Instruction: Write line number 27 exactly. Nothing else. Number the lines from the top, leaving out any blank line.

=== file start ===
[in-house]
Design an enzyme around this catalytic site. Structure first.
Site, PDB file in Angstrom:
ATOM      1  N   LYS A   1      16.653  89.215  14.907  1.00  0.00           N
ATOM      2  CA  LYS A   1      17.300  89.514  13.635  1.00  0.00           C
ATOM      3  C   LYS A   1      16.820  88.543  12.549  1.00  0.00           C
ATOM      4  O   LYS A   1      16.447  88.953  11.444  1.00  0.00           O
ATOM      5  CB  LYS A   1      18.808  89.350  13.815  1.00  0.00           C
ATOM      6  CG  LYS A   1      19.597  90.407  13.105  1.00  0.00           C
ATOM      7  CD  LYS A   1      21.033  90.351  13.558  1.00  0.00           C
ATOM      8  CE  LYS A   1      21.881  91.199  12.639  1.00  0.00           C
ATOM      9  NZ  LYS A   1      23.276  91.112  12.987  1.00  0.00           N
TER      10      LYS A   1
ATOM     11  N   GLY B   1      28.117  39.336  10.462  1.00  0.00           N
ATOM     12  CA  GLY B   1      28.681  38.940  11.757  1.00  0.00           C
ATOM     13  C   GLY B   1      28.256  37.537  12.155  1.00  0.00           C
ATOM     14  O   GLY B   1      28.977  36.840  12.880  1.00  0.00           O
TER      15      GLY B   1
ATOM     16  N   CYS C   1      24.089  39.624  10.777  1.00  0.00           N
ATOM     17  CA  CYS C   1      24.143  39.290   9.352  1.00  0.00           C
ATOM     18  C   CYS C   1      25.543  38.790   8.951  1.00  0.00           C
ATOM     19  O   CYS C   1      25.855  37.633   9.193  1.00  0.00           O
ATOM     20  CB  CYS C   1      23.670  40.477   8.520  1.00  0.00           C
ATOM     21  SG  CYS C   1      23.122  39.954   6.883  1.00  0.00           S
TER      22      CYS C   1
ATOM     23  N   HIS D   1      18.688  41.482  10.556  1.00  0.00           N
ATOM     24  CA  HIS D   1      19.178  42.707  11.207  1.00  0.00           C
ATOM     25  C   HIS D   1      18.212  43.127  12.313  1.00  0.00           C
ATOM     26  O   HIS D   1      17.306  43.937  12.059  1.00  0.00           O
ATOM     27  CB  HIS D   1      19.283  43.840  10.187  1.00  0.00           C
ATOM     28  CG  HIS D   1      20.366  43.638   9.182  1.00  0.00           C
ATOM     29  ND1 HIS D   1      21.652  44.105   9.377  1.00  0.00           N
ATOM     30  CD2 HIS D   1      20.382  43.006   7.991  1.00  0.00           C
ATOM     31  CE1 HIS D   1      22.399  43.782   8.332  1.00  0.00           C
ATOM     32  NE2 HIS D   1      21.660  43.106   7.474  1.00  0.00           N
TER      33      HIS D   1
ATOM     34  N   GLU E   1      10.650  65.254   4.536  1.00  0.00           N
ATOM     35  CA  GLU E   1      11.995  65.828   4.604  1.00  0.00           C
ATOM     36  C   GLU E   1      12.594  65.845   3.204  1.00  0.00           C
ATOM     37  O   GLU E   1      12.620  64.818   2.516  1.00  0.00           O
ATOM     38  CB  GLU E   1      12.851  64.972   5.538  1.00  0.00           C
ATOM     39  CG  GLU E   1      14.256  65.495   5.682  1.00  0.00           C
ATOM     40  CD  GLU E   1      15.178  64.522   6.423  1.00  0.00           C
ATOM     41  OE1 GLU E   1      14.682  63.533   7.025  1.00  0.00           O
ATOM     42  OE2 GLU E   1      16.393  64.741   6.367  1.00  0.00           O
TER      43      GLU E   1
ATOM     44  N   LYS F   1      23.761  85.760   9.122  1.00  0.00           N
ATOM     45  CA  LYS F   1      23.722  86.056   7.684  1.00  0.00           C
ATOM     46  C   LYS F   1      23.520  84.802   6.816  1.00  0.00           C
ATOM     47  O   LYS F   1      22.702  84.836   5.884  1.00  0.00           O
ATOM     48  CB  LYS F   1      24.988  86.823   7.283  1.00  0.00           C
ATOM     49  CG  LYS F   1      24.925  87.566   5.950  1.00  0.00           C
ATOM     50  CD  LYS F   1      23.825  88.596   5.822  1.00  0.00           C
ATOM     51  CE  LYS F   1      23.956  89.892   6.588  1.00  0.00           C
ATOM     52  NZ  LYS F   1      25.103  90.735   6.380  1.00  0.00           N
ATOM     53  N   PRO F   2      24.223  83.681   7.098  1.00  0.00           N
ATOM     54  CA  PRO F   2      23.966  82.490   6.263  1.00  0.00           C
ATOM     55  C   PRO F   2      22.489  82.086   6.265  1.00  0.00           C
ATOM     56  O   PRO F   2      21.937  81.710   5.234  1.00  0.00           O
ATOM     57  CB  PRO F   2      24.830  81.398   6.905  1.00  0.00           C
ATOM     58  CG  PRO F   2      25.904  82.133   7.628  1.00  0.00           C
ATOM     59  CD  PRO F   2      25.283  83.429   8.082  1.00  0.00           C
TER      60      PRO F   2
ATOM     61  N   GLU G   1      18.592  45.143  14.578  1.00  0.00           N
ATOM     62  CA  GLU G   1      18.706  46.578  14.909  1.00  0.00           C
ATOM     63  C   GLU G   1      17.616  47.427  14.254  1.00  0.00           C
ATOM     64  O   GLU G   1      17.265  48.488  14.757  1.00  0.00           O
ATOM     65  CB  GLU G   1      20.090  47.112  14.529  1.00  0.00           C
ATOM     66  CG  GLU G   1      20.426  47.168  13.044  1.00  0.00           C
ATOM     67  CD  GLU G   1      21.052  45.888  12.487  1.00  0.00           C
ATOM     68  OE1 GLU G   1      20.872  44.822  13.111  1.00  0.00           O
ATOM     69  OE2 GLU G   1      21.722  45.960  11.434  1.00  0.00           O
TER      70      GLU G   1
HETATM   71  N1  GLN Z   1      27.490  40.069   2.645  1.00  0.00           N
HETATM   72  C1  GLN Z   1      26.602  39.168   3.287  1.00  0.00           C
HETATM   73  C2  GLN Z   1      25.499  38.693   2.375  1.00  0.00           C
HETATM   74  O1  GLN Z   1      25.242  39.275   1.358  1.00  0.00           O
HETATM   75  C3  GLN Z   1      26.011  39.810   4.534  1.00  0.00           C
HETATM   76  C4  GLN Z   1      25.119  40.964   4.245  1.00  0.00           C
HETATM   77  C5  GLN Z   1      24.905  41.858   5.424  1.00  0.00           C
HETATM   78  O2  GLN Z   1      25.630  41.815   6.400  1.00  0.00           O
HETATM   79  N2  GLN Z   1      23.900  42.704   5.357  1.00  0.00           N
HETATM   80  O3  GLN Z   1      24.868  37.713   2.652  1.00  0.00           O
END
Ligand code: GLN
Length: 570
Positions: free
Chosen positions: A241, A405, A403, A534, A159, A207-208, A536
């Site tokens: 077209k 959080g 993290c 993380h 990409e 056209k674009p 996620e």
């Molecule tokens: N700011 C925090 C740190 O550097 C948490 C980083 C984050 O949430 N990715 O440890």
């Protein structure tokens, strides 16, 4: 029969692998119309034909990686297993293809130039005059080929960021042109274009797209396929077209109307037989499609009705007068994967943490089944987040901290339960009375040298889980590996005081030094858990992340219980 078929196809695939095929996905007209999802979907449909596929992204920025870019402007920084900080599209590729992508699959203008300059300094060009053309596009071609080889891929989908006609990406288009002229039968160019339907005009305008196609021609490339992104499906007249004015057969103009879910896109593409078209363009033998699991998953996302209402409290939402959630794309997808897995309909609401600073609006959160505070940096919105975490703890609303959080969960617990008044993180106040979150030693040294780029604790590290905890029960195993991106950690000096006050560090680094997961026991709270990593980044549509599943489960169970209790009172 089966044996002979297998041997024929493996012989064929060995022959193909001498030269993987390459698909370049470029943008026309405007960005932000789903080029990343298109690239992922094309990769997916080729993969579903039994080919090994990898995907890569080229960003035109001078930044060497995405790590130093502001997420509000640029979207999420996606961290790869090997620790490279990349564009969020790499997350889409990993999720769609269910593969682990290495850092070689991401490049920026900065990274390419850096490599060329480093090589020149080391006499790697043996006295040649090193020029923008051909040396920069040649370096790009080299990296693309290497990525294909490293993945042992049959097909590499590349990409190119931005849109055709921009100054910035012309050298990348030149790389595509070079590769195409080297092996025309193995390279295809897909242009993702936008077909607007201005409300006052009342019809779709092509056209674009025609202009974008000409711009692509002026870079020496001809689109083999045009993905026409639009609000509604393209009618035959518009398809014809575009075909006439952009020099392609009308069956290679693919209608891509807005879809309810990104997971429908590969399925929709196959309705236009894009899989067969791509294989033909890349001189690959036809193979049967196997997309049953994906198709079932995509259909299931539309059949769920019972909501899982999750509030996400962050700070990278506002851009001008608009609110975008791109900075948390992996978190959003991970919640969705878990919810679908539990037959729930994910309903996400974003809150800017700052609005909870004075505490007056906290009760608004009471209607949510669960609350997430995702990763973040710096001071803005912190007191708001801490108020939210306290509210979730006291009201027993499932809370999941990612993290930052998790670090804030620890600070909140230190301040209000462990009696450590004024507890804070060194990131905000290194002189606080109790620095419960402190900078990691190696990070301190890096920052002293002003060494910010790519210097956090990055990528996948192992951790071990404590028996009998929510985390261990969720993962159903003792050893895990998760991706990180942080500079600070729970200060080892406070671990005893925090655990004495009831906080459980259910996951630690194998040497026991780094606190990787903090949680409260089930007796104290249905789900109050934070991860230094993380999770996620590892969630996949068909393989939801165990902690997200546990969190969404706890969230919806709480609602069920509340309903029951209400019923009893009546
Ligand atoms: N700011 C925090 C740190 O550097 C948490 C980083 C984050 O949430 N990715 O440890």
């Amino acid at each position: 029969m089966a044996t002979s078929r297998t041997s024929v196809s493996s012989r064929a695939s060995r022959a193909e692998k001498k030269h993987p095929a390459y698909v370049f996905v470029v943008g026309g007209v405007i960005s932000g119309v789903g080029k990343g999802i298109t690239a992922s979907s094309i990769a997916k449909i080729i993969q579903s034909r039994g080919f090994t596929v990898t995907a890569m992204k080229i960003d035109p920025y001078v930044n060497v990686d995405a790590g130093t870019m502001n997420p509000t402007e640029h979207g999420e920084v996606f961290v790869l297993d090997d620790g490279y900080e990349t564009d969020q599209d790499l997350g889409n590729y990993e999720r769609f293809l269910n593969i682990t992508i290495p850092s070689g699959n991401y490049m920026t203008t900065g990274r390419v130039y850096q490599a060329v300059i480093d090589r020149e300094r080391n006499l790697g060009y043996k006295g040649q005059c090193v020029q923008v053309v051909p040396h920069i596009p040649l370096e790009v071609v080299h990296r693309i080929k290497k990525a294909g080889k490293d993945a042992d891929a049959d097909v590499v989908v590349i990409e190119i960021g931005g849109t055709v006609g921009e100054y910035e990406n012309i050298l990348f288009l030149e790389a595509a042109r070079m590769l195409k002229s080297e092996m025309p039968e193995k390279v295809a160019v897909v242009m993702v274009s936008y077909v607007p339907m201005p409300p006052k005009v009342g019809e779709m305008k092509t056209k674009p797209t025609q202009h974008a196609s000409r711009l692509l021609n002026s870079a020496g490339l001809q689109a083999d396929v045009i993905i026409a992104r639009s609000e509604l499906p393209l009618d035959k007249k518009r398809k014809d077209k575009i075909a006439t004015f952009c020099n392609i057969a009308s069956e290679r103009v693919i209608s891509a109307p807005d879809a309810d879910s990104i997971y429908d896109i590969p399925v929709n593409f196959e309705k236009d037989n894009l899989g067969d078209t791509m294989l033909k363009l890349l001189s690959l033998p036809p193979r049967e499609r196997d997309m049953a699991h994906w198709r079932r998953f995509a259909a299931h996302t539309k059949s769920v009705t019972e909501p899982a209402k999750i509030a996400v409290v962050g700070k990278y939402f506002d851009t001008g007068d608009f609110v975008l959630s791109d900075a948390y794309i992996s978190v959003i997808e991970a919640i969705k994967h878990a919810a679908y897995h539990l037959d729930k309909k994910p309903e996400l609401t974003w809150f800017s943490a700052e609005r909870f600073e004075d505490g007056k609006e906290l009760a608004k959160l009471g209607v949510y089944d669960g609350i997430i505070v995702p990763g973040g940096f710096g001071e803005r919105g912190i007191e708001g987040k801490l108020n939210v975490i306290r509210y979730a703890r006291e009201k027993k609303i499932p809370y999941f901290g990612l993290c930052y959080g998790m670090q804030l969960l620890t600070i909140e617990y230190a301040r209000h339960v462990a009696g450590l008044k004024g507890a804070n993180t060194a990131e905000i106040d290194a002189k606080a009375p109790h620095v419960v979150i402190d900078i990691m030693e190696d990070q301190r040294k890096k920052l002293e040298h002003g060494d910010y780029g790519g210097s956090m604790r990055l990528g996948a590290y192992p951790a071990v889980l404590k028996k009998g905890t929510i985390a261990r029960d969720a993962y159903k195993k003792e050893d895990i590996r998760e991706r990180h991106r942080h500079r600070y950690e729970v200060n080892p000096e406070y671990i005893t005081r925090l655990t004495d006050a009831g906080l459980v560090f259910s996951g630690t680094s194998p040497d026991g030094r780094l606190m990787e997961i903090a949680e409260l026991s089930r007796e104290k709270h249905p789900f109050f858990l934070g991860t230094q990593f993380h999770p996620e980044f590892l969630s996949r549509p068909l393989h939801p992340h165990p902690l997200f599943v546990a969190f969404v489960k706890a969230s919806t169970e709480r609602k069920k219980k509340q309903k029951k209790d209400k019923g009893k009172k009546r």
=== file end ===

ATOM     24  CA  HIS D   1      19.178  42.707  11.207  1.00  0.00           C